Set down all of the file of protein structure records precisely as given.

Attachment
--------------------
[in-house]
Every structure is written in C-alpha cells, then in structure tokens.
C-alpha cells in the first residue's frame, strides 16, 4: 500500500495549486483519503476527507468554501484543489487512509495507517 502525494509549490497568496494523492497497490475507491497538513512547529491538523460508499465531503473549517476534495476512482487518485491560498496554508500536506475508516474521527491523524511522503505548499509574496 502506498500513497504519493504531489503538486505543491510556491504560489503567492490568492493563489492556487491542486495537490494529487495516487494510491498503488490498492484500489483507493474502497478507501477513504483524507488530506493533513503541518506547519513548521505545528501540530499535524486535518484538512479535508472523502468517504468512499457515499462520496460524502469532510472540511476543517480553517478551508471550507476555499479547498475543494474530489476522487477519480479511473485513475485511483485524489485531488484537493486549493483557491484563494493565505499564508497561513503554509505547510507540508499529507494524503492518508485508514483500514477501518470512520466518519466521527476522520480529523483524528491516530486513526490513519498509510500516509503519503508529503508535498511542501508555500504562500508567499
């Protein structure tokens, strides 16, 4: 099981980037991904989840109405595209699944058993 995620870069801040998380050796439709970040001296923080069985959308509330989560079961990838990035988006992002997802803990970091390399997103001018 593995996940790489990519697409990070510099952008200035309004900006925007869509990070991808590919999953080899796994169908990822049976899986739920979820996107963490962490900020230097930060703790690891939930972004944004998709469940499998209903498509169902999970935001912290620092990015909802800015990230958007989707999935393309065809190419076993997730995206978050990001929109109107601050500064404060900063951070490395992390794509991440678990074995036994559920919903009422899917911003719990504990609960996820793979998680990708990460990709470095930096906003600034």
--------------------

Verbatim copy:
[in-house]
Every structure is written in C-alpha cells, then in structure tokens.
C-alpha cells in the first residue's frame, strides 16, 4: 500500500495549486483519503476527507468554501484543489487512509495507517 502525494509549490497568496494523492497497490475507491497538513512547529491538523460508499465531503473549517476534495476512482487518485491560498496554508500536506475508516474521527491523524511522503505548499509574496 502506498500513497504519493504531489503538486505543491510556491504560489503567492490568492493563489492556487491542486495537490494529487495516487494510491498503488490498492484500489483507493474502497478507501477513504483524507488530506493533513503541518506547519513548521505545528501540530499535524486535518484538512479535508472523502468517504468512499457515499462520496460524502469532510472540511476543517480553517478551508471550507476555499479547498475543494474530489476522487477519480479511473485513475485511483485524489485531488484537493486549493483557491484563494493565505499564508497561513503554509505547510507540508499529507494524503492518508485508514483500514477501518470512520466518519466521527476522520480529523483524528491516530486513526490513519498509510500516509503519503508529503508535498511542501508555500504562500508567499
């Protein structure tokens, strides 16, 4: 099981980037991904989840109405595209699944058993 995620870069801040998380050796439709970040001296923080069985959308509330989560079961990838990035988006992002997802803990970091390399997103001018 593995996940790489990519697409990070510099952008200035309004900006925007869509990070991808590919999953080899796994169908990822049976899986739920979820996107963490962490900020230097930060703790690891939930972004944004998709469940499998209903498509169902999970935001912290620092990015909802800015990230958007989707999935393309065809190419076993997730995206978050990001929109109107601050500064404060900063951070490395992390794509991440678990074995036994559920919903009422899917911003719990504990609960996820793979998680990708990460990709470095930096906003600034």